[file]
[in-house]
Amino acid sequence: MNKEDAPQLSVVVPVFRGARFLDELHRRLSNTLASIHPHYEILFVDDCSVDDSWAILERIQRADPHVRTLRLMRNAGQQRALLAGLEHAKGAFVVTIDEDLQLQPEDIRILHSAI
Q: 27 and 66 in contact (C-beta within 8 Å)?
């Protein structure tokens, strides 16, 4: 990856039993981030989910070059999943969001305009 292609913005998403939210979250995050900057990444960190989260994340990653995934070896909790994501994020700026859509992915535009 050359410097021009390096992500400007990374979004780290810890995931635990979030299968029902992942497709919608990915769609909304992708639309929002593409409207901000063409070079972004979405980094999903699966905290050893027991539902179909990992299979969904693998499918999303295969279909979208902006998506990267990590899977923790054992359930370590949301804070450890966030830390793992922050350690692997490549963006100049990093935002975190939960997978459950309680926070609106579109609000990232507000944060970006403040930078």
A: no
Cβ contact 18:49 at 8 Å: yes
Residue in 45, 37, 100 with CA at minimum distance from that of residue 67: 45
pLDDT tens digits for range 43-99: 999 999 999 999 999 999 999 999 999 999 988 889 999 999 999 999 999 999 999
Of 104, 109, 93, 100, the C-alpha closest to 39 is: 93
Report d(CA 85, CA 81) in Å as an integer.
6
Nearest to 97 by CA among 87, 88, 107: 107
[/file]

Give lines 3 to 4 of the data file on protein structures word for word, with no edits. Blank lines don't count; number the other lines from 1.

Q: 27 and 66 in contact (C-beta within 8 Å)?
């Protein structure tokens, strides 16, 4: 990856039993981030989910070059999943969001305009 292609913005998403939210979250995050900057990444960190989260994340990653995934070896909790994501994020700026859509992915535009 050359410097021009390096992500400007990374979004780290810890995931635990979030299968029902992942497709919608990915769609909304992708639309929002593409409207901000063409070079972004979405980094999903699966905290050893027991539902179909990992299979969904693998499918999303295969279909979208902006998506990267990590899977923790054992359930370590949301804070450890966030830390793992922050350690692997490549963006100049990093935002975190939960997978459950309680926070609106579109609000990232507000944060970006403040930078």